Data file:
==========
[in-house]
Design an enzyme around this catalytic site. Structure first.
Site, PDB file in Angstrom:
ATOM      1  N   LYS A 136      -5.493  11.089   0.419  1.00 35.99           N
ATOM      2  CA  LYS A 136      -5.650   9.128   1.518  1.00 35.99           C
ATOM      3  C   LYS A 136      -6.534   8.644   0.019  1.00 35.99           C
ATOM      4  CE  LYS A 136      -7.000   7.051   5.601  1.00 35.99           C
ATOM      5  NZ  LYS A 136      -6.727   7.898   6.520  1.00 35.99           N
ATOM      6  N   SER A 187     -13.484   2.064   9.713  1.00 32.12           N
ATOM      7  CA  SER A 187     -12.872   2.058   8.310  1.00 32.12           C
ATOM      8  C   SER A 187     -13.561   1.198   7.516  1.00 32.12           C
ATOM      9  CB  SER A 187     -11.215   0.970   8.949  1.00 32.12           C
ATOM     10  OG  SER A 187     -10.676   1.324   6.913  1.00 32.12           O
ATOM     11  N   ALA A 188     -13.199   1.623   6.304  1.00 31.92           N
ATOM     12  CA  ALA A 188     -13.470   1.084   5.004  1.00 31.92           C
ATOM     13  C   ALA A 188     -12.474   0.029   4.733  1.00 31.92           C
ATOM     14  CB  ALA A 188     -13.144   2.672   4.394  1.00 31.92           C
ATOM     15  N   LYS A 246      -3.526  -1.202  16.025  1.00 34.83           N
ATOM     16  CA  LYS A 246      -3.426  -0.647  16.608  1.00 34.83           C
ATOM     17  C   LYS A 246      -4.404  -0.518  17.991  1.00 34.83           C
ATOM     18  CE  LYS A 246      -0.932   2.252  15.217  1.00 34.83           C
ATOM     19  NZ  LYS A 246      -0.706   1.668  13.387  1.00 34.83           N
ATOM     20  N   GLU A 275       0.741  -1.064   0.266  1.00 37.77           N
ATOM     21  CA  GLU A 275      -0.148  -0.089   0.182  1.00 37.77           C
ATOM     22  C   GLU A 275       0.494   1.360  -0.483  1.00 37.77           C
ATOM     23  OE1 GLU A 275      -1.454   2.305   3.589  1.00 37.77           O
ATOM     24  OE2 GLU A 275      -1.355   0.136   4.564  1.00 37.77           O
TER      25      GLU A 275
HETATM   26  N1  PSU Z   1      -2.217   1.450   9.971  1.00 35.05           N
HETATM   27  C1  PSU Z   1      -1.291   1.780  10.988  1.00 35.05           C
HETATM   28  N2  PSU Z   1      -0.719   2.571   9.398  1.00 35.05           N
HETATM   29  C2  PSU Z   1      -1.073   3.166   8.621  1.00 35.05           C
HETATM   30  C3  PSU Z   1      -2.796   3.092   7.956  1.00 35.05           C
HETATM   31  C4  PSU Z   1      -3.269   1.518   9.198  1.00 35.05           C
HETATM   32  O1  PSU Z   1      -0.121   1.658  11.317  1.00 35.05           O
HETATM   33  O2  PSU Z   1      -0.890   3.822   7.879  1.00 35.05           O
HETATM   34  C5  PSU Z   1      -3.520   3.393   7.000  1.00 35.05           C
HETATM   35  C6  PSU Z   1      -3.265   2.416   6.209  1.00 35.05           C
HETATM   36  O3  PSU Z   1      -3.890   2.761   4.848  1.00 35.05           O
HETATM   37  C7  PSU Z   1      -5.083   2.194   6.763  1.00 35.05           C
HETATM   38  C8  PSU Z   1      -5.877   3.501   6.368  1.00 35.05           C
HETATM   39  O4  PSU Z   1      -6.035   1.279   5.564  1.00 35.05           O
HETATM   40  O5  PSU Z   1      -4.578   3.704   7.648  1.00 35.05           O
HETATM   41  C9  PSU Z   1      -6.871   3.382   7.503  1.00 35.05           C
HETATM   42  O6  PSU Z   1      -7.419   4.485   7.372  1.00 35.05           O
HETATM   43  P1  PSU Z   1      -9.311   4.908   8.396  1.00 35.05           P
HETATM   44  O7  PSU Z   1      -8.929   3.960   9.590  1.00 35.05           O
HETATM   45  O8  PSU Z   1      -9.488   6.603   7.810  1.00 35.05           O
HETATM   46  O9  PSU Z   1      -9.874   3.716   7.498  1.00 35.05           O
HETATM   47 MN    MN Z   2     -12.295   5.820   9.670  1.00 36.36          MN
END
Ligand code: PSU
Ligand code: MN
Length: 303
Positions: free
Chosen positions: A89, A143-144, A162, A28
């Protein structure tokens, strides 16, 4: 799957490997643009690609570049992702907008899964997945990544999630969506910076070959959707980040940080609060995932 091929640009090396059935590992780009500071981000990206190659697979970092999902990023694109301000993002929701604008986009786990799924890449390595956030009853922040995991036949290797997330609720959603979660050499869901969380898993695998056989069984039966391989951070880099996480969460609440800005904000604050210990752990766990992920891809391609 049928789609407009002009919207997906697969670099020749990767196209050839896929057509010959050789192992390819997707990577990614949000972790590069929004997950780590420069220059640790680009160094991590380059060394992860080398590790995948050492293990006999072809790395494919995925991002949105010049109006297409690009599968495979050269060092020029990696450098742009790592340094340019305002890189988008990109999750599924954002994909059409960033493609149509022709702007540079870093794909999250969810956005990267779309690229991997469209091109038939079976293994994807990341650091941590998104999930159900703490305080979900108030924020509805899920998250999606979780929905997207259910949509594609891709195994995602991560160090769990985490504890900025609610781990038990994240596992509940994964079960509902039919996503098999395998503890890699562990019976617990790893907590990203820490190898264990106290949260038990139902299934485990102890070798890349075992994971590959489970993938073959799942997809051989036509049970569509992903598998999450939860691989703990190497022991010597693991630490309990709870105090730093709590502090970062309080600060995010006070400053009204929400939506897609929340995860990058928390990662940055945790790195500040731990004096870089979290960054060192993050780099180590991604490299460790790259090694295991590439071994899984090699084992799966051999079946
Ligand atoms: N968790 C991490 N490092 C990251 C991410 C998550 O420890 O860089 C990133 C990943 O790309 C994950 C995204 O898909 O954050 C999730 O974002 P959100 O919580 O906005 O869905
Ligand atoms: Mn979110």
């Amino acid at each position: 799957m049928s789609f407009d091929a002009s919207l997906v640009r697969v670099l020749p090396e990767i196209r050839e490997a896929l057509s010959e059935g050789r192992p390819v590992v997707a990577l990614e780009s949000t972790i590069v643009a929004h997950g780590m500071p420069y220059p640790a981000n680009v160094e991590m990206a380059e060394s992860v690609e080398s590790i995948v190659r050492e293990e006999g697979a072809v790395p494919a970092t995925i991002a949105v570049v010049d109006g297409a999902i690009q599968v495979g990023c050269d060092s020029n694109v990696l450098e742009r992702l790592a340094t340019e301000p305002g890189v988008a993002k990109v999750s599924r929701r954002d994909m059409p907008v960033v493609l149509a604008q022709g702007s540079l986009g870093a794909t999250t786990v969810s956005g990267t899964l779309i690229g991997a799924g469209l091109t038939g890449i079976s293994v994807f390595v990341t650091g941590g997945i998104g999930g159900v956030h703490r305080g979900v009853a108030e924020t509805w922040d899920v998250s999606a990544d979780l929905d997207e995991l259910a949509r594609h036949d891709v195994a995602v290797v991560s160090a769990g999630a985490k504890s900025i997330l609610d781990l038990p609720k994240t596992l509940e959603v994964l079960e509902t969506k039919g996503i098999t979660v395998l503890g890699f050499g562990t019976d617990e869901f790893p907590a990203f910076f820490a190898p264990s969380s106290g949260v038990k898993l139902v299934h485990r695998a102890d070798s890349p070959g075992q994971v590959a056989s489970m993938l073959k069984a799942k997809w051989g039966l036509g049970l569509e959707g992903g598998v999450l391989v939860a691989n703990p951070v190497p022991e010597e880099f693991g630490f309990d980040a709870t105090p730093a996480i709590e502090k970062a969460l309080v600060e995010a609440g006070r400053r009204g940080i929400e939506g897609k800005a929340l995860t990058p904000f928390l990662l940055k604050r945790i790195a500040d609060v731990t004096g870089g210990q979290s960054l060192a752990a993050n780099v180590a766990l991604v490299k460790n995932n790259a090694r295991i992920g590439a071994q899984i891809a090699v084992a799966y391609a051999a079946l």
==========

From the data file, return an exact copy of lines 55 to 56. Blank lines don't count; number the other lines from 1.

Positions: free
Chosen positions: A89, A143-144, A162, A28